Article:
Loch Affric – Kintail Lodge Hotel
02 February 2012
32.9 km/476 m/09:00 hrs
My last backpacking trip had been three months ago, and I thought it was about time to get out on a nice long walk, it’s only a bit over three months until the TGO Challenge, after all!
During the week I had been looking at various options – the weather was supposed to be best in the Northwest Highlands, I needed a route over two days with about 25 km each day, and also a hostel/bunkhouse at the end of day one, because camping would not be possible with the ground frozen solid. And a pub near the accommodation would be a bonus, of course…
In the end I settled for a walk from Loch Affric to the Kintail Lodge Hotel, which fulfilled all the above conditions, apart from the fact that it was a bit longer than 25 km, it was actually nearly 33 km on the first day. I knew that this would be hard, considering that I was completely out of practice, but I would just see how I would get on and hope for the best.
I arrived at the empty car park at Loch Affric at 08:00 and started walking just before sunrise, first following the track to Affric Lodge and then the good path along the north bank of the loch.
It was very cold, and the loch partly covered with a thin layer of ice.
Mullach Fraoch-choire at the west end of the loch.
An Tudair with Creag Coire nan Each behind, on the left.
Looking back across Loch Coulavie and Loch Affric.
At the end of the loch, the path joins the Landrover track that comes from the south bank and leads west along the River Affric.
Beinn Fhada (zoomed).
Entering the West Affric Estate.
At the side of one of the tributary streams of the River Affric, I saw this box which looked like some kind of trap, but that didn’t seem to make sense because the inner was not enclosed. Later at home, I did some research online and found that it is a mink raft. They normally float on the water and contain a clay pad which collects footprints of minks to monitor their presence in a certain area, so that they can be captured to control their numbers, if necessary.
This one apparently had been removed from the water because of the freezing weather conditions.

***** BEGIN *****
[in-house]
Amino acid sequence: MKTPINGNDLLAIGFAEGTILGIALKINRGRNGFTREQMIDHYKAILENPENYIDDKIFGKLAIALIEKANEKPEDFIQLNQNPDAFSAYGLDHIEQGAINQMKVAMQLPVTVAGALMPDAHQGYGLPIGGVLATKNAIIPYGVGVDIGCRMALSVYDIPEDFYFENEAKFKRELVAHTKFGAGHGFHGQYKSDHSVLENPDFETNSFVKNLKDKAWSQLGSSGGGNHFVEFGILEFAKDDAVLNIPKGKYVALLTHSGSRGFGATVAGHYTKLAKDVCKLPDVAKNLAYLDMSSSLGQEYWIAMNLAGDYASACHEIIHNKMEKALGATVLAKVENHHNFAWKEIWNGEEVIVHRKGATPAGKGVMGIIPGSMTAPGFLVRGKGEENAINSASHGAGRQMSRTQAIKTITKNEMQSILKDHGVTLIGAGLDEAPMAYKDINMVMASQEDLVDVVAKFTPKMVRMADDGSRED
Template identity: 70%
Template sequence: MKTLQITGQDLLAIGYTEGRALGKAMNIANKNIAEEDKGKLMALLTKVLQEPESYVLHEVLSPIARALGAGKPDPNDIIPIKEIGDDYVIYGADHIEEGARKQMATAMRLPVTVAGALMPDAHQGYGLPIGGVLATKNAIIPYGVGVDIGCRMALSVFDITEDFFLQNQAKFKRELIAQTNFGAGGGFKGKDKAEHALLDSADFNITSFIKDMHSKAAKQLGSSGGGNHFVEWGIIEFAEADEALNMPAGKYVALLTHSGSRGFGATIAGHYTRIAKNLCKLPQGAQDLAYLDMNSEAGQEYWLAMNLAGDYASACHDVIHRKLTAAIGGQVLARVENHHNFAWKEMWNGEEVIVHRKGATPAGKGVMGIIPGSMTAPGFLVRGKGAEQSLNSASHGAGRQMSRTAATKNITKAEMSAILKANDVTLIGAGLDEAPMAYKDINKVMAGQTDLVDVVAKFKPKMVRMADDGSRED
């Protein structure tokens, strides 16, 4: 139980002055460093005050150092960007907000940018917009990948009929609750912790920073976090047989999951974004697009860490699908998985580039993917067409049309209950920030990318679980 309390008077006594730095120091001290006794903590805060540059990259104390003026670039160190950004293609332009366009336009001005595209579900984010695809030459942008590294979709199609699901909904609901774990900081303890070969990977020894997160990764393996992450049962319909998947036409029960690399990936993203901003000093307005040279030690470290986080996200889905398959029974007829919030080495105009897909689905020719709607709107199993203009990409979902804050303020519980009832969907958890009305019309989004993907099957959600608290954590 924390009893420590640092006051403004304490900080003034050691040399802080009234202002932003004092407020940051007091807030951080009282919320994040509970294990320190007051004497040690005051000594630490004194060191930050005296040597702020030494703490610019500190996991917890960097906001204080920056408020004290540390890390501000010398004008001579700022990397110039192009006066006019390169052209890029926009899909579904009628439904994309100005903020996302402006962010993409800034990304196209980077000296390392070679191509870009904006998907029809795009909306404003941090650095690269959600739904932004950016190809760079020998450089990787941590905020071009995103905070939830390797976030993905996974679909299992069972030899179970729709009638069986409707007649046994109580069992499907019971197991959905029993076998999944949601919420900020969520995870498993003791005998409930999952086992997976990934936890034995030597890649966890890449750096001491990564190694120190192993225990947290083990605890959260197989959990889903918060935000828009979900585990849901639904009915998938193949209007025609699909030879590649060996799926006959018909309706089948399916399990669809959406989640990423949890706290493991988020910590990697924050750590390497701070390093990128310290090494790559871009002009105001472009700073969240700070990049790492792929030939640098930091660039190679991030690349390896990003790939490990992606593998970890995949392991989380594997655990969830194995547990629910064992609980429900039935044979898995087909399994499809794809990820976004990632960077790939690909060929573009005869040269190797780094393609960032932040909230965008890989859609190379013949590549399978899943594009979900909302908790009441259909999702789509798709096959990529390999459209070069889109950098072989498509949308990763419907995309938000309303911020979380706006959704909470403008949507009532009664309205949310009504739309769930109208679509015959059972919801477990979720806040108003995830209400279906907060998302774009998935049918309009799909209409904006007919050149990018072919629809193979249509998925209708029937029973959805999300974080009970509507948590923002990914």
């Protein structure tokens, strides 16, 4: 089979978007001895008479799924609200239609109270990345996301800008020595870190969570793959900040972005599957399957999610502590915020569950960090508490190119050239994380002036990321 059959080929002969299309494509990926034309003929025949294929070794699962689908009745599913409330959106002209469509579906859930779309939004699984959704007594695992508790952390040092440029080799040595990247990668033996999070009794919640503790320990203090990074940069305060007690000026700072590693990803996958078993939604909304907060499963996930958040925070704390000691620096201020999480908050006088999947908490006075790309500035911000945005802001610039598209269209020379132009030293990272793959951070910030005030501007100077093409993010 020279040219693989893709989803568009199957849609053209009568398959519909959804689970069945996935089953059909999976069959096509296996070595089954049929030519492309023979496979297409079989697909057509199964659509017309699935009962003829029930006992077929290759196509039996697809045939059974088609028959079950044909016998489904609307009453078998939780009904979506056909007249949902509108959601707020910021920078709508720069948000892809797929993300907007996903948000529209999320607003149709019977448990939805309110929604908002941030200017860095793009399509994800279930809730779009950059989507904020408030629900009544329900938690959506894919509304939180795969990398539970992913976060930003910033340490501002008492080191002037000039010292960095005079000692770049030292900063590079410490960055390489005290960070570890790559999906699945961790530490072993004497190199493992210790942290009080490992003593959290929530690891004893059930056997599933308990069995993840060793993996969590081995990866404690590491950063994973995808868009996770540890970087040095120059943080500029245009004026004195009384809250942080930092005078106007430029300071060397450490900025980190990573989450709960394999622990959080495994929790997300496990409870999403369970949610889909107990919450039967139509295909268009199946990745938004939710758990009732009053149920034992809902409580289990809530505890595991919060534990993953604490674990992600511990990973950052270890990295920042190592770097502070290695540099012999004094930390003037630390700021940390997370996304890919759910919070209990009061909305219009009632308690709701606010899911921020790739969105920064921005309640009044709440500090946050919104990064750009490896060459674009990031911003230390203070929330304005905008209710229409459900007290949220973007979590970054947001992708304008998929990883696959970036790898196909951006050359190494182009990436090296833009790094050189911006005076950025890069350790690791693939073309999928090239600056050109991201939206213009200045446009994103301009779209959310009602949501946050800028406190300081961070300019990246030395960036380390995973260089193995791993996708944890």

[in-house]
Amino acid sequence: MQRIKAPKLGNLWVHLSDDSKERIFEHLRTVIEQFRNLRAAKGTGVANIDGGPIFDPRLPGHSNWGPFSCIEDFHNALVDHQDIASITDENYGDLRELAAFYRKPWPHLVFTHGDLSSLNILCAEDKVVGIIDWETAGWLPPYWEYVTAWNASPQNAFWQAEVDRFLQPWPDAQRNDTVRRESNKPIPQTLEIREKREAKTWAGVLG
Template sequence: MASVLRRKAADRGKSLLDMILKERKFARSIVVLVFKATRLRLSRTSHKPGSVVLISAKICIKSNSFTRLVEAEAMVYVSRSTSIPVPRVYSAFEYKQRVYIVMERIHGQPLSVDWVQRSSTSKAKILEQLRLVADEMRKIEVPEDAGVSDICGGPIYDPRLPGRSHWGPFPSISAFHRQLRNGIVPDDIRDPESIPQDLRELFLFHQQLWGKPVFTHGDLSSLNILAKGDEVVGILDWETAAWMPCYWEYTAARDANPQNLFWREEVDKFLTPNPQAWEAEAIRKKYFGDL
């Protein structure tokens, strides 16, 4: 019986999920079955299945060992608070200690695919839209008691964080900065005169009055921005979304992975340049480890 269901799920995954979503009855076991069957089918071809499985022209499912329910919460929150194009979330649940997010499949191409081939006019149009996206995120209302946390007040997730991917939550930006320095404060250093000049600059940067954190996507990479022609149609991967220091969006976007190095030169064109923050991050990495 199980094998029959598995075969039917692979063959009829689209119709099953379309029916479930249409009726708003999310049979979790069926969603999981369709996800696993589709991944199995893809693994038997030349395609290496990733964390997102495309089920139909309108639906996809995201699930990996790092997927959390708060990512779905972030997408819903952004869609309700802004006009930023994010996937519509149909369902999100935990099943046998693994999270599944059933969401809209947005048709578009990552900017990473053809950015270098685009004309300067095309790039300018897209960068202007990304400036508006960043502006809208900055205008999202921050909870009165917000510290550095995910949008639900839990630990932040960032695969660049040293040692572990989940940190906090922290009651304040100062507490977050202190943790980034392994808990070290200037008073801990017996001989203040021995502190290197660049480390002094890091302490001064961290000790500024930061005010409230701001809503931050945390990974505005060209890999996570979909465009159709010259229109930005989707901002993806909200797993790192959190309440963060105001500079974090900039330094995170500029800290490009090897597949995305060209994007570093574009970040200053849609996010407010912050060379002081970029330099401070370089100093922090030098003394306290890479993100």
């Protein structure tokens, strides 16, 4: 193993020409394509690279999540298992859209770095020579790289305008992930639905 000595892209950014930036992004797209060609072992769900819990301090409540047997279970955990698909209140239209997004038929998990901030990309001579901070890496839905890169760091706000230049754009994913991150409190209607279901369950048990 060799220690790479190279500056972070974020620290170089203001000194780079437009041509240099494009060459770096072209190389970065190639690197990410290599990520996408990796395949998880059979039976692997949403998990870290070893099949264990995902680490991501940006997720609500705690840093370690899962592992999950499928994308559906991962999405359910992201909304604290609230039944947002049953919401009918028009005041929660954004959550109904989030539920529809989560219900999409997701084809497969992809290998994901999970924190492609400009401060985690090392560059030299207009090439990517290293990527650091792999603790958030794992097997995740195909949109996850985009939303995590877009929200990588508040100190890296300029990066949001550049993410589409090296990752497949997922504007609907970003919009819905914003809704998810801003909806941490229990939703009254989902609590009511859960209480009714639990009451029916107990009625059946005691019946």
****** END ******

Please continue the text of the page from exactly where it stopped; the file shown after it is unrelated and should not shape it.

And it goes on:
The glen widens, just before the Youth Hostel is reached.
Alltbeithe YH is now closed for the winter, and will re-open in April. During the closure, one room in the annexe stays unlocked and could be used as a shelter in an emergency. It contains several bunk beds, but only three mattresses and one blanket.
Ciste Dubh and The Five Sisters ahead.
The rather dodgy bridge across the Allt Gleann Gnìomhaidh – one plank is missing, one is loose and the remaining ones were slippery as they were covered in frost. I was clinging to the wire ropes while I made my way across very slowly…
Soon after the bridge, Camban bothy comes into sight, very welcome as it was time for a lunch break.
For someone arriving at the bothy in the dark, this sight might be a bit unsettling…
The bothy consists of two rooms with several sleeping platforms and a fireplace in each room. Reports and photos of various past refurbishments of the bothy are in a frame on the wall.
Following the Allt Cam-bàn.
Every few minutes, a stream has to be forded, which is normally not a big problem. But in cold weather like this, they were partially frozen and on some occasions, I had to wander up- or downstream a bit to find a suitable place to cross.
The Five Sisters.
In some places the path had turned into an ice rink, but I managed to avoid the ice by walking on the grass on either side of it.
One of the tributary streams of the Allt Grannda flows down a steep rock wall in a series of waterfalls, and flows right across the path.
The impressive Allt Grannda waterfall.
Shortly after the waterfall, I caught the first glimpse of Gleann Lichd.
The bothy itself is locked, as it belongs to a Mountaineering Club, but the tiny shelter at one end is open to everyone.
I had a quick look inside, there is not much space at the moment because the place is filled with empty white bags from path repairs.
And THIS… (possibly the latest in ultralight hillwalking gear?!)